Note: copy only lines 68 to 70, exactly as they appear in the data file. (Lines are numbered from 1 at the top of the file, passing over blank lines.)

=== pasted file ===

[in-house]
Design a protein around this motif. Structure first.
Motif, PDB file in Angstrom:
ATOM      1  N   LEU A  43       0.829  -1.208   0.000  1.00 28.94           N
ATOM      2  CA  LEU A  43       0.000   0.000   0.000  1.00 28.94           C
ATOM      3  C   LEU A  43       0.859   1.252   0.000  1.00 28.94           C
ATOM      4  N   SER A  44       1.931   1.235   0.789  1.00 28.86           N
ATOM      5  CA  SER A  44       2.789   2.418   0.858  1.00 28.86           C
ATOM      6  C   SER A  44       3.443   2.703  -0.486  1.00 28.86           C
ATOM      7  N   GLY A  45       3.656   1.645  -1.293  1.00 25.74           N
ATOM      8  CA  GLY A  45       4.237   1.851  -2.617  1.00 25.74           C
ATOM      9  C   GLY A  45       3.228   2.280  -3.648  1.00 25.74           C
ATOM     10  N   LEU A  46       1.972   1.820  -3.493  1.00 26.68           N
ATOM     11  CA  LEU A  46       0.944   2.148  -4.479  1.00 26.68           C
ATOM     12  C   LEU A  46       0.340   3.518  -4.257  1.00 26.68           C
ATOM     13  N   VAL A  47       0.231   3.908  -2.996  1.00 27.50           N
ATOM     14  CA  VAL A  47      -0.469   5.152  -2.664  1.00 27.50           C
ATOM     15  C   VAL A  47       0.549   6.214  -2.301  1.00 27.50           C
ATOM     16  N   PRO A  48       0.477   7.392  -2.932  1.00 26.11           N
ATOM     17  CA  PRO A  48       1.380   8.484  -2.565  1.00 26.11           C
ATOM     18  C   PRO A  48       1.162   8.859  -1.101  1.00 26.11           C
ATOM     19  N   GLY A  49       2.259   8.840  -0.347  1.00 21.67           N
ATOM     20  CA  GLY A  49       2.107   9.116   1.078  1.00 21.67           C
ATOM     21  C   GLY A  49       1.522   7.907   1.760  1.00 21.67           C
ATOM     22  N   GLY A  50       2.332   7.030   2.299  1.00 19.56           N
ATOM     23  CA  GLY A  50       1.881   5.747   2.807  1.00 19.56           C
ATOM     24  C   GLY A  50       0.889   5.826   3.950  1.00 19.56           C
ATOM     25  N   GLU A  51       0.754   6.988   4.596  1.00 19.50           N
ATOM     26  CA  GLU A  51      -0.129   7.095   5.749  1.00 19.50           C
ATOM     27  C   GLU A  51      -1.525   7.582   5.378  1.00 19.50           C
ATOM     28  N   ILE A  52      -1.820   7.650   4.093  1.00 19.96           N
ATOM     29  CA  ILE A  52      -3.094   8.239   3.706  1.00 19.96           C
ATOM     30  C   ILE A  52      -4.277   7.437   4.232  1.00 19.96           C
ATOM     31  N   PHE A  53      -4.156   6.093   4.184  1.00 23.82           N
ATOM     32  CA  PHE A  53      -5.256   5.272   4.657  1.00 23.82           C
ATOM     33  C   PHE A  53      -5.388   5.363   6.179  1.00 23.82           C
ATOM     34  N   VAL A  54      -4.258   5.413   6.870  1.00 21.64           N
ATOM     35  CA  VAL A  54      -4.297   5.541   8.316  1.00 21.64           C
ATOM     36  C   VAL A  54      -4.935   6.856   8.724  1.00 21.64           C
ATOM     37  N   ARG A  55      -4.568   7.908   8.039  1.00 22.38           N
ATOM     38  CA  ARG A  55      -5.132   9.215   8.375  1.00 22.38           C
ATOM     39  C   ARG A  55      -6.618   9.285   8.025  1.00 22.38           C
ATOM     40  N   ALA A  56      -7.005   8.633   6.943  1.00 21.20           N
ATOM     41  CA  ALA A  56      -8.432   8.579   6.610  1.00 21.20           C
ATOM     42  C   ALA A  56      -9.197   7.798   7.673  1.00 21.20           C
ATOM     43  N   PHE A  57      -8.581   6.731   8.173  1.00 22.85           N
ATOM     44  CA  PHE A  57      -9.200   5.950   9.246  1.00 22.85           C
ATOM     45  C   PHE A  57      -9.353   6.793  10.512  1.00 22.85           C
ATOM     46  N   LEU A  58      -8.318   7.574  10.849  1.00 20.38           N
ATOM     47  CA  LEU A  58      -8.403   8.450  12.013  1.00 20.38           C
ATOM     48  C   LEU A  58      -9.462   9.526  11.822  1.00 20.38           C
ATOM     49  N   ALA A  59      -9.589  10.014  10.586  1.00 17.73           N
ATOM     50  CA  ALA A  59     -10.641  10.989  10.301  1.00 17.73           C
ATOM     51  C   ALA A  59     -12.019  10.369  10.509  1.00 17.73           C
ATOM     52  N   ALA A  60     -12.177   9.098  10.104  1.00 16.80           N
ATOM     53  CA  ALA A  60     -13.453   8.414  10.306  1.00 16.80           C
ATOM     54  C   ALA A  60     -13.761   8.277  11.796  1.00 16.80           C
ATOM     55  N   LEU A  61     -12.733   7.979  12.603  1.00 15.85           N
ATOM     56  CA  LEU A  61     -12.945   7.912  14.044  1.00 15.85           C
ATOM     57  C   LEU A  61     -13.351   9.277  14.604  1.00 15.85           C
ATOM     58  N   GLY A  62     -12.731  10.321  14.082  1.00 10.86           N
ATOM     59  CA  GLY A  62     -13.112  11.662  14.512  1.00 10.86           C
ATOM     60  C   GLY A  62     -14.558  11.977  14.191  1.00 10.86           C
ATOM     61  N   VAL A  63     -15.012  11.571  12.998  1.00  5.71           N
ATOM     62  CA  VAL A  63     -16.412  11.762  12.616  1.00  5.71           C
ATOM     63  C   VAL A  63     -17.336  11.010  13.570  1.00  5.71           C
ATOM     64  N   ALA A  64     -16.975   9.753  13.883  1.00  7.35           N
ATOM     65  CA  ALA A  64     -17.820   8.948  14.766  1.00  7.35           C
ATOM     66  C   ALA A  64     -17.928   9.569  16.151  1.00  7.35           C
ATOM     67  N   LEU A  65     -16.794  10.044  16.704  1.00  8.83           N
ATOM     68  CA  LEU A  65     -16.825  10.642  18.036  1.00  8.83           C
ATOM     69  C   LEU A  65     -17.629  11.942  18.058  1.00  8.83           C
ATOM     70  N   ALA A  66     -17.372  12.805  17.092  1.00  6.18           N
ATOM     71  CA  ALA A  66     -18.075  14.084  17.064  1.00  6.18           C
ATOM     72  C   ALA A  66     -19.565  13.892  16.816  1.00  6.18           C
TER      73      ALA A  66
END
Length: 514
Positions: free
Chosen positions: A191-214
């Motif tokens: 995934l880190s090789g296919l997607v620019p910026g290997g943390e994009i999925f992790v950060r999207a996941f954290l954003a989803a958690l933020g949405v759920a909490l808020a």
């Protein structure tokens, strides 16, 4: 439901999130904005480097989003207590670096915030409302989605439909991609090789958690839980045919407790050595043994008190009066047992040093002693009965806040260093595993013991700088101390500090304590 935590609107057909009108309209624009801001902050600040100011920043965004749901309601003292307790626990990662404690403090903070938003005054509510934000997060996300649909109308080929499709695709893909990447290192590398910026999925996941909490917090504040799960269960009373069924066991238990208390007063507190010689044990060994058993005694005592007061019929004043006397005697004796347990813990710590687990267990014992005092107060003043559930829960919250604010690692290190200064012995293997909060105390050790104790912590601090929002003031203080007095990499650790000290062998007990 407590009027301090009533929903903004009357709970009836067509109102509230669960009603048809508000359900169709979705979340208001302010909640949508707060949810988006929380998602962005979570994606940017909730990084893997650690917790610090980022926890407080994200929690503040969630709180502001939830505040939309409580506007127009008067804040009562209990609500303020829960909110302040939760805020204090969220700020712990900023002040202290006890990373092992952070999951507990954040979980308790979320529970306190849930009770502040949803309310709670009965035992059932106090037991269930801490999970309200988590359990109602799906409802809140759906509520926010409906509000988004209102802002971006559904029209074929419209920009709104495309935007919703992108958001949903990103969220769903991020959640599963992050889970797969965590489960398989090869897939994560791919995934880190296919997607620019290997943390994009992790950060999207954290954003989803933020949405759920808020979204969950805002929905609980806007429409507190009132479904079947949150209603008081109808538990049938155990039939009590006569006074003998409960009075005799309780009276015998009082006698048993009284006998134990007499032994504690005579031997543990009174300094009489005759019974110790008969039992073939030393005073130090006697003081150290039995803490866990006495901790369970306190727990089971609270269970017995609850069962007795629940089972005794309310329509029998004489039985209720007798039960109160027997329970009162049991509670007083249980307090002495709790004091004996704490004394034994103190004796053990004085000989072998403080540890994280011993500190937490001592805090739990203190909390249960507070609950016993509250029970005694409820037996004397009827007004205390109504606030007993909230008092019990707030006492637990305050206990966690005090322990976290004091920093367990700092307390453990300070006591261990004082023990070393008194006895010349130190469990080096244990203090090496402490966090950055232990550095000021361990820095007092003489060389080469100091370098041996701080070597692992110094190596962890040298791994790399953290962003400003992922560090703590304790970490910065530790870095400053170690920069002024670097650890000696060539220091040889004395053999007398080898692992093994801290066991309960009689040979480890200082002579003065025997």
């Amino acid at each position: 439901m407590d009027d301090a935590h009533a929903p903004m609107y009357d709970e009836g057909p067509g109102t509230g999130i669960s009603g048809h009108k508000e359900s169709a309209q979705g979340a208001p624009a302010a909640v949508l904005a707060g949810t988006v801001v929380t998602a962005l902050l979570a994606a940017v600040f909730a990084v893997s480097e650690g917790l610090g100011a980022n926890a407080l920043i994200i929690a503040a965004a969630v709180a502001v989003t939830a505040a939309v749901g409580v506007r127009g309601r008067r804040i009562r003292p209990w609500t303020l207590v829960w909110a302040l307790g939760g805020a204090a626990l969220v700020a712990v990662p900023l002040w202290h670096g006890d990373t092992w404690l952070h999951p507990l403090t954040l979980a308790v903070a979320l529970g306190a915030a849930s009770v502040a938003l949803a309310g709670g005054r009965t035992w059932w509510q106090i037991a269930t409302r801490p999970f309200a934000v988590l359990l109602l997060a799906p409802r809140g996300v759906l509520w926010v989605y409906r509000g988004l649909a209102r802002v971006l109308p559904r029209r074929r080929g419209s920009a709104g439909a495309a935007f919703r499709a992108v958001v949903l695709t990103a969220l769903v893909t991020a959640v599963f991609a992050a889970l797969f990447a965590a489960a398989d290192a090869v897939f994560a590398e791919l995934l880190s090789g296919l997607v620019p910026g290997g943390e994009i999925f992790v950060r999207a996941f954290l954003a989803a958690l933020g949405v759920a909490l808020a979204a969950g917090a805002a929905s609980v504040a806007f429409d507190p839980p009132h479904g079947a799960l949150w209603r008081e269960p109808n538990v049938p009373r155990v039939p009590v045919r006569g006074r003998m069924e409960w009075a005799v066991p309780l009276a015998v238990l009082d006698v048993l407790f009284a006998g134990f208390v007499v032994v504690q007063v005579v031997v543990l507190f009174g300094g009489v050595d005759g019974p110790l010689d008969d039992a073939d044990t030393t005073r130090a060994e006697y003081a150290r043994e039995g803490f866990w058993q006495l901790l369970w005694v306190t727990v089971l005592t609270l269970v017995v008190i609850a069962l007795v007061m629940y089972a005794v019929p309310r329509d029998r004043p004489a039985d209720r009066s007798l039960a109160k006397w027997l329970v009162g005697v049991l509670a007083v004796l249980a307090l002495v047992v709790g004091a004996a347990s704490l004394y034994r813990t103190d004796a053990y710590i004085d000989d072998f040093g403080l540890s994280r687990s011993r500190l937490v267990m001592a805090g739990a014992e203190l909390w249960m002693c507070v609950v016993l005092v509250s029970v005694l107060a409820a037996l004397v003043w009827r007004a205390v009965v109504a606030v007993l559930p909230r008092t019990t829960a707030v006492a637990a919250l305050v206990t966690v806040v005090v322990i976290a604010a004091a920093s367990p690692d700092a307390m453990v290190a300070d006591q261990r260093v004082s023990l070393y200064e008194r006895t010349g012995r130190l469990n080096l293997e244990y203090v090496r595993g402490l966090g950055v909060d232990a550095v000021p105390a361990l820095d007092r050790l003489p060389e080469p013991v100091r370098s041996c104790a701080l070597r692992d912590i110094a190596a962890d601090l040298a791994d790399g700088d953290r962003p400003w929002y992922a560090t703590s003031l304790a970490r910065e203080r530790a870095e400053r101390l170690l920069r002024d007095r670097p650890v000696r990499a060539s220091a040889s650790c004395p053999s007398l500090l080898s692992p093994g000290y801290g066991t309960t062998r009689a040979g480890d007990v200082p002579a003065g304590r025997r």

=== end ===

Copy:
ATOM     65  CA  ALA A  64     -17.820   8.948  14.766  1.00  7.35           C
ATOM     66  C   ALA A  64     -17.928   9.569  16.151  1.00  7.35           C
ATOM     67  N   LEU A  65     -16.794  10.044  16.704  1.00  8.83           N